Here at CIO magazine, we love writing about best practices. That’s mostly because, we believe, if we give our readership enough practical takeaways and good ideas from each story—told from the perspective of fellow IT execs—then CIOs and IT practitioners will be able to take those specific concepts and put them into use in their organizations.
Makes sense. The business world rests on a foundation of case studies of companies doing things right. Like rearing children, it’s how we “model” good behavior.
But that got me thinking: What about “worst practices”? Meaning negative modeling, the exact opposite of what CIOs should be doing. We never really write specifically about worst practices. Sure, we talk about them in failure stories (blown ERP implementations, change management disasters, faulty software rollouts), but we never call them out directly and say, “THIS IS A VERY BAD IDEA!” or “WHATEVER YOU DO, DON’T DO THIS!”
The truth is, we all do things that are bad for us. Speeding down the highway, talking on the cell phone, kids in the backseat. Consuming too much junk food as you’re trying to lose a few pounds. Telling white lies to our spouses—for their sake. At the time, they probably seem like the best course of action, but from a more studied perspective surely would fall into a list of “worst” practices. Back in the business world, just look at the financial and accounting disasters and security slip-ups that seem to pop up continually. Worst practices are everywhere:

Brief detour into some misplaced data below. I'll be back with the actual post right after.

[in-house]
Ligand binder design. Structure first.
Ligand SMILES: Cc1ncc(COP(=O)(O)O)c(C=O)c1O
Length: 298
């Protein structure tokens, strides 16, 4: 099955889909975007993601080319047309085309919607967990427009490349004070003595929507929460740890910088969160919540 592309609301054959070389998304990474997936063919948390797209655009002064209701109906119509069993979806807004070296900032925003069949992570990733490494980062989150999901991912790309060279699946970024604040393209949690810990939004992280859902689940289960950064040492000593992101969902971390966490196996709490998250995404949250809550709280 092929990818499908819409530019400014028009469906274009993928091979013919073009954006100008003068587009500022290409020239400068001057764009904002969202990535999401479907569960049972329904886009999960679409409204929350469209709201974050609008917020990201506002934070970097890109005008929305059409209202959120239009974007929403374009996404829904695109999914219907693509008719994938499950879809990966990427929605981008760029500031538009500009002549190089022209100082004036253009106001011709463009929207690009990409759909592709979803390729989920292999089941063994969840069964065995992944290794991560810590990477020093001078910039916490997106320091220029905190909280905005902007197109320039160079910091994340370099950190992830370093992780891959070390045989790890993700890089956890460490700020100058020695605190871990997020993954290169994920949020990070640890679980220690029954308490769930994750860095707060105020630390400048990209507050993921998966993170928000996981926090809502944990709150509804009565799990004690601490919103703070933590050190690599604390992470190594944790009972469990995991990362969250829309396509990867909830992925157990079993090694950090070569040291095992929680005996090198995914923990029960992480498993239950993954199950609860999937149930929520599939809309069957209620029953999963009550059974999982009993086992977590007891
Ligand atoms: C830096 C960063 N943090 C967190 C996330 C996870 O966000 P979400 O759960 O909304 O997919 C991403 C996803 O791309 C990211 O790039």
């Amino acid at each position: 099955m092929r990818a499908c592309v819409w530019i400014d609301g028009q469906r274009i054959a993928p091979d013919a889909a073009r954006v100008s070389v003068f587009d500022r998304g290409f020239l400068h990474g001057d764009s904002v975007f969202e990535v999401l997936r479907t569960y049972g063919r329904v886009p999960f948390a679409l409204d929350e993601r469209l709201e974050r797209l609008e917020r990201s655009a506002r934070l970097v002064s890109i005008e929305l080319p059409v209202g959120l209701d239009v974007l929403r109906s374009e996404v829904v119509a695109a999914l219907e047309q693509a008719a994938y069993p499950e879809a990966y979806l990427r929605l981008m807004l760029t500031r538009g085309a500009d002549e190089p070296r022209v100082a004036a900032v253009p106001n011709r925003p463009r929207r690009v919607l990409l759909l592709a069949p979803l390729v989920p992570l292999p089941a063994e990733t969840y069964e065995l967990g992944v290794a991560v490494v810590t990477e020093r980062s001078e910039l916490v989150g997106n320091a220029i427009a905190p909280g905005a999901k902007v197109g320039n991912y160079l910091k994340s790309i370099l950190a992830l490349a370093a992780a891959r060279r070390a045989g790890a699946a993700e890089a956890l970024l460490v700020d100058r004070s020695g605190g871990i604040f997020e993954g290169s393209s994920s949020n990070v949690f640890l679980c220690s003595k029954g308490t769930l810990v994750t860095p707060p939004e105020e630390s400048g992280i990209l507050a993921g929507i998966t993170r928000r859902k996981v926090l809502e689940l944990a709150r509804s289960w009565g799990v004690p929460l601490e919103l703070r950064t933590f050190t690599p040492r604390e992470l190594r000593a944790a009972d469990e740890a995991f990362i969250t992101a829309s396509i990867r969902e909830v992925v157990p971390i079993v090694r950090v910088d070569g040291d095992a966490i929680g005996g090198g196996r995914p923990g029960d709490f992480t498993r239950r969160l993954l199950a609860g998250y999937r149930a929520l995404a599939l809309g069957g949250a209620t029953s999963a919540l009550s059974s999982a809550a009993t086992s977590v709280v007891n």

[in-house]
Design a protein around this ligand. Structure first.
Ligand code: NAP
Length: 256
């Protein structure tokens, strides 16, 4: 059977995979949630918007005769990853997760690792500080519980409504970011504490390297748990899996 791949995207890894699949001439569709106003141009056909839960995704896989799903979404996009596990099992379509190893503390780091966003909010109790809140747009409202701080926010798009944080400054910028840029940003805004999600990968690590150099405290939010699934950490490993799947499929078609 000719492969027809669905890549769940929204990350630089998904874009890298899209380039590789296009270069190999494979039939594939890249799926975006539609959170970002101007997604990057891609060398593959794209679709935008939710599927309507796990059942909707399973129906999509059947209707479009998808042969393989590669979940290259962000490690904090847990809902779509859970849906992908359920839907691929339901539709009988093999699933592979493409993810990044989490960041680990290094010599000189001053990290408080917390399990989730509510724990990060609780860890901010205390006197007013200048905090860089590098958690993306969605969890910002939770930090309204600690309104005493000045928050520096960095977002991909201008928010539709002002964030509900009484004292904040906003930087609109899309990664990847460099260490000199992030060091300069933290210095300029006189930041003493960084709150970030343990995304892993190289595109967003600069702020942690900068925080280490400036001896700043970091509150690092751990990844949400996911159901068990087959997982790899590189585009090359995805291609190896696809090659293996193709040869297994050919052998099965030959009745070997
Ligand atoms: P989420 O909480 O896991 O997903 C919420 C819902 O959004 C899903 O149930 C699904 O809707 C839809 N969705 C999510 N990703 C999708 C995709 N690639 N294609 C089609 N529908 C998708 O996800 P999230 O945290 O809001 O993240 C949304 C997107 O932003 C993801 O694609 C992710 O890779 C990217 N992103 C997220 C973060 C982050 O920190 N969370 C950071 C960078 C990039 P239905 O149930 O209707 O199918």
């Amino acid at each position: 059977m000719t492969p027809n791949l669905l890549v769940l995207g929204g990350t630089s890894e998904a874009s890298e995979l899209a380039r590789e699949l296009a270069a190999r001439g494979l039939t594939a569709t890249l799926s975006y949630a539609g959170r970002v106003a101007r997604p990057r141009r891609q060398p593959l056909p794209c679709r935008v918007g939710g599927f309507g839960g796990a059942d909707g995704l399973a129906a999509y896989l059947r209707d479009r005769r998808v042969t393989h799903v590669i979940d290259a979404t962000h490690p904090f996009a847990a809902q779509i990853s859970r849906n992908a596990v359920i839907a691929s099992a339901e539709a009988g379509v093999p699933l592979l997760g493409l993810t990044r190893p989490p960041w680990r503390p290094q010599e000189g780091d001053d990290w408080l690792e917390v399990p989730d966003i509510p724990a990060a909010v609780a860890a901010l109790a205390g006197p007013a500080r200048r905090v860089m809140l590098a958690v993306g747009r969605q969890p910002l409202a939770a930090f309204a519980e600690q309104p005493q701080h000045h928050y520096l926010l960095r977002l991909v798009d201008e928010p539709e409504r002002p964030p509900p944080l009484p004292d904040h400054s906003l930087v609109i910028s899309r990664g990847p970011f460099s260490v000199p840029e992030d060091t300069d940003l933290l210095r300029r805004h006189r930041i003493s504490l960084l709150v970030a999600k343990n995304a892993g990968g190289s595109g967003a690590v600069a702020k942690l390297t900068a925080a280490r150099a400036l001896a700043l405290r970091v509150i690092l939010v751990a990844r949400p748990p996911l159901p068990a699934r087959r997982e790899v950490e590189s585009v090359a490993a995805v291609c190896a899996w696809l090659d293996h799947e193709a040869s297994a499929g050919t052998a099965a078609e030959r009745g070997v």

Worst Practice No. 1: Should we cook the books to inflate our earnings? Great idea! No one will ever catch us!
Worst Practice No. 2: How about turning off those security features on all the executives’ BlackBerrys? Perfect!
Worst Practice No. 3: I know, let’s filch millions from the company’s coffers and give our spouse a rockin’ birthday party? A party all will remember!
The list seems to grow every day.
One argument against devoting time and energy to collecting a list of worst practices, however, is that worst practices are just so gosh-darn obvious. No right-minded IT professional would need a reminder that, for example, she shouldn’t ignore user input when implementing a new enterprisewide system. Right? But sometimes these worst practices are more subtle, more deceptively alluring. After all, if every CIO knows what (and what not) to do, then why do we have legions of technology consultants, business gurus and systems integrators, eager to take CIOs’ money in exchange for advice on how to avoid disastrous IT situations?
So what I’d like from you are the worst practices from IT shops you’ve worked in over the years. I’d love to hear the true stories of IT stupidity, management incompetence and business-IT misalignment. Even those practices that looked like a good idea at the start. For your own safety, your responses can be completely anonymous and company names can be omitted. If you’re more daring, include your name and company. You can post them on this site for all to see, or you can e-mail them to me, in private, at firstname.lastname@example.org.
Just give me real events that had disastrous effects on that IT organization, and that, looking back, were a worst practice. I’ll take them all, filter them, and we’ll publish them in an issue that will open everyone’s eyes to the World’s Worst IT Practices.
Thomas Wailgum is a staff writer for CIO magazine.